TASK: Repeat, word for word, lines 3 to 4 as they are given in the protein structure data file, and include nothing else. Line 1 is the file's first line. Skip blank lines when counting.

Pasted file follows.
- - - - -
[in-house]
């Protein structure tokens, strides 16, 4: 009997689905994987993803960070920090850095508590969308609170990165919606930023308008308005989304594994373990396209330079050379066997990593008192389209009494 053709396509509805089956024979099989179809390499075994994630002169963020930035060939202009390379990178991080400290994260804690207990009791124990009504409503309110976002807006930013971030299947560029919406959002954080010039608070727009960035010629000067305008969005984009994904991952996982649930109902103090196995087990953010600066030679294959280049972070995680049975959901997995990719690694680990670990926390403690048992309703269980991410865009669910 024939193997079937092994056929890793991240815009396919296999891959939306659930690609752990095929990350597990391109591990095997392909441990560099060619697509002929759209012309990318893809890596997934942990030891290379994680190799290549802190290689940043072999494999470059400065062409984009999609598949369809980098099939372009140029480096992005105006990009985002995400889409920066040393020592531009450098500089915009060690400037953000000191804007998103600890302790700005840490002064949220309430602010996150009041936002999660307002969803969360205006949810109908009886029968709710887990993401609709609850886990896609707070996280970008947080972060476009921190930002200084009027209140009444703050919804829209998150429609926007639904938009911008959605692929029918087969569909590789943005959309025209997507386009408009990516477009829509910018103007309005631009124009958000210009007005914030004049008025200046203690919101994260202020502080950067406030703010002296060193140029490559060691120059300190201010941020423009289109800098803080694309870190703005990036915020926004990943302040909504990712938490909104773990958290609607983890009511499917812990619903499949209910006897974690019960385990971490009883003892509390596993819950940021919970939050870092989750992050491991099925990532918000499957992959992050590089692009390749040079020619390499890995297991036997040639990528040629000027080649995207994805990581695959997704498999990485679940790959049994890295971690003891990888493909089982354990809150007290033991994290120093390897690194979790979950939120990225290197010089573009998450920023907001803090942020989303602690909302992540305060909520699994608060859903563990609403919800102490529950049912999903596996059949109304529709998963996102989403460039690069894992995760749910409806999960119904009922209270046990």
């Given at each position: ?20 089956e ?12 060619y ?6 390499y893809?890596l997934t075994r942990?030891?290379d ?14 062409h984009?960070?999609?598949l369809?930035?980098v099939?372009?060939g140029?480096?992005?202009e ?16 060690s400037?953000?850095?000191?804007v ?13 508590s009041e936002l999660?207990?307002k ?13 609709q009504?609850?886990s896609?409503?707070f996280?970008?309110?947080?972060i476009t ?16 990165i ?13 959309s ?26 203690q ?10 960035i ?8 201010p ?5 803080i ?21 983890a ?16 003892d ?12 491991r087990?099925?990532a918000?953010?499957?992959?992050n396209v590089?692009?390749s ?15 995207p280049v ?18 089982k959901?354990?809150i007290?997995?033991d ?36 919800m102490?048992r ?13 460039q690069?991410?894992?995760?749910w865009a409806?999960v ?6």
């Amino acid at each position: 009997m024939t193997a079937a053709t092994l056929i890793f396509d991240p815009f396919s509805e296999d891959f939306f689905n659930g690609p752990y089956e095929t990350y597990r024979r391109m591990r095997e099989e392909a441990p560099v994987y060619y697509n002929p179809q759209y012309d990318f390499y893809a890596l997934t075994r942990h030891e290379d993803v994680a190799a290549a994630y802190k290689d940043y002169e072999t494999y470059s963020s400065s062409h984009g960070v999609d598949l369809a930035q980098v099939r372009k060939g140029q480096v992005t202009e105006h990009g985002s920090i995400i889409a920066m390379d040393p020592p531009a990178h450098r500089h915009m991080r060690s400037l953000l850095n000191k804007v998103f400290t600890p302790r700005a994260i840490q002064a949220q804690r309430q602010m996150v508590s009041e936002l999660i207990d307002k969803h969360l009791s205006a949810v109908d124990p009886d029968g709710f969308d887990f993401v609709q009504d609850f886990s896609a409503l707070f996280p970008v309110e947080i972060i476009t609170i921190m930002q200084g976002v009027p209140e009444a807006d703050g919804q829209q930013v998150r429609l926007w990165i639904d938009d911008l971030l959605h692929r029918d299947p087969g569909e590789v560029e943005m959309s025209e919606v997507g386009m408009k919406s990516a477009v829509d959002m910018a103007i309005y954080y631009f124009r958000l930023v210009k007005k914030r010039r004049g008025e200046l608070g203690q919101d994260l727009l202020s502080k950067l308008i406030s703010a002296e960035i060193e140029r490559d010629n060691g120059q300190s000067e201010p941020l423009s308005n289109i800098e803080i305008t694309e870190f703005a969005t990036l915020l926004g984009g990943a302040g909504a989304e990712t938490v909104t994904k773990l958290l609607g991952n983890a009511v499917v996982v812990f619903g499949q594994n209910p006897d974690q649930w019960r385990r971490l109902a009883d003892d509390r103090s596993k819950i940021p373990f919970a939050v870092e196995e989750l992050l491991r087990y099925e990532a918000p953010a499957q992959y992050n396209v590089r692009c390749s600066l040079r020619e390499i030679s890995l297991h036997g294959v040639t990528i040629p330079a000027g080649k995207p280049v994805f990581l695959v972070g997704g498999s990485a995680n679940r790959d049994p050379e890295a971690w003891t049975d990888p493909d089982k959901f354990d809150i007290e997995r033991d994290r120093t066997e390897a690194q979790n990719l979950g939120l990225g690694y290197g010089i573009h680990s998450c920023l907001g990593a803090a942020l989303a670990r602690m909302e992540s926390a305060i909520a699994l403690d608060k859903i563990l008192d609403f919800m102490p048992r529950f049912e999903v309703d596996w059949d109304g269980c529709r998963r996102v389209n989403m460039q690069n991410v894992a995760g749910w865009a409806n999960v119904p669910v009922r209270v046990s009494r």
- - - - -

């Given at each position: ?20 089956e ?12 060619y ?6 390499y893809?890596l997934t075994r942990?030891?290379d ?14 062409h984009?960070?999609?598949l369809?930035?980098v099939?372009?060939g140029?480096?992005?202009e ?16 060690s400037?953000?850095?000191?804007v ?13 508590s009041e936002l999660?207990?307002k ?13 609709q009504?609850?886990s896609?409503?707070f996280?970008?309110?947080?972060i476009t ?16 990165i ?13 959309s ?26 203690q ?10 960035i ?8 201010p ?5 803080i ?21 983890a ?16 003892d ?12 491991r087990?099925?990532a918000?953010?499957?992959?992050n396209v590089?692009?390749s ?15 995207p280049v ?18 089982k959901?354990?809150i007290?997995?033991d ?36 919800m102490?048992r ?13 460039q690069?991410?894992?995760?749910w865009a409806?999960v ?6």
């Amino acid at each position: 009997m024939t193997a079937a053709t092994l056929i890793f396509d991240p815009f396919s509805e296999d891959f939306f689905n659930g690609p752990y089956e095929t990350y597990r024979r391109m591990r095997e099989e392909a441990p560099v994987y060619y697509n002929p179809q759209y012309d990318f390499y893809a890596l997934t075994r942990h030891e290379d993803v994680a190799a290549a994630y802190k290689d940043y002169e072999t494999y470059s963020s400065s062409h984009g960070v999609d598949l369809a930035q980098v099939r372009k060939g140029q480096v992005t202009e105006h990009g985002s920090i995400i889409a920066m390379d040393p020592p531009a990178h450098r500089h915009m991080r060690s400037l953000l850095n000191k804007v998103f400290t600890p302790r700005a994260i840490q002064a949220q804690r309430q602010m996150v508590s009041e936002l999660i207990d307002k969803h969360l009791s205006a949810v109908d124990p009886d029968g709710f969308d887990f993401v609709q009504d609850f886990s896609a409503l707070f996280p970008v309110e947080i972060i476009t609170i921190m930002q200084g976002v009027p209140e009444a807006d703050g919804q829209q930013v998150r429609l926007w990165i639904d938009d911008l971030l959605h692929r029918d299947p087969g569909e590789v560029e943005m959309s025209e919606v997507g386009m408009k919406s990516a477009v829509d959002m910018a103007i309005y954080y631009f124009r958000l930023v210009k007005k914030r010039r004049g008025e200046l608070g203690q919101d994260l727009l202020s502080k950067l308008i406030s703010a002296e960035i060193e140029r490559d010629n060691g120059q300190s000067e201010p941020l423009s308005n289109i800098e803080i305008t694309e870190f703005a969005t990036l915020l926004g984009g990943a302040g909504a989304e990712t938490v909104t994904k773990l958290l609607g991952n983890a009511v499917v996982v812990f619903g499949q594994n209910p006897d974690q649930w019960r385990r971490l109902a009883d003892d509390r103090s596993k819950i940021p373990f919970a939050v870092e196995e989750l992050l491991r087990y099925e990532a918000p953010a499957q992959y992050n396209v590089r692009c390749s600066l040079r020619e390499i030679s890995l297991h036997g294959v040639t990528i040629p330079a000027g080649k995207p280049v994805f990581l695959v972070g997704g498999s990485a995680n679940r790959d049994p050379e890295a971690w003891t049975d990888p493909d089982k959901f354990d809150i007290e997995r033991d994290r120093t066997e390897a690194q979790n990719l979950g939120l990225g690694y290197g010089i573009h680990s998450c920023l907001g990593a803090a942020l989303a670990r602690m909302e992540s926390a305060i909520a699994l403690d608060k859903i563990l008192d609403f919800m102490p048992r529950f049912e999903v309703d596996w059949d109304g269980c529709r998963r996102v389209n989403m460039q690069n991410v894992a995760g749910w865009a409806n999960v119904p669910v009922r209270v046990s009494r």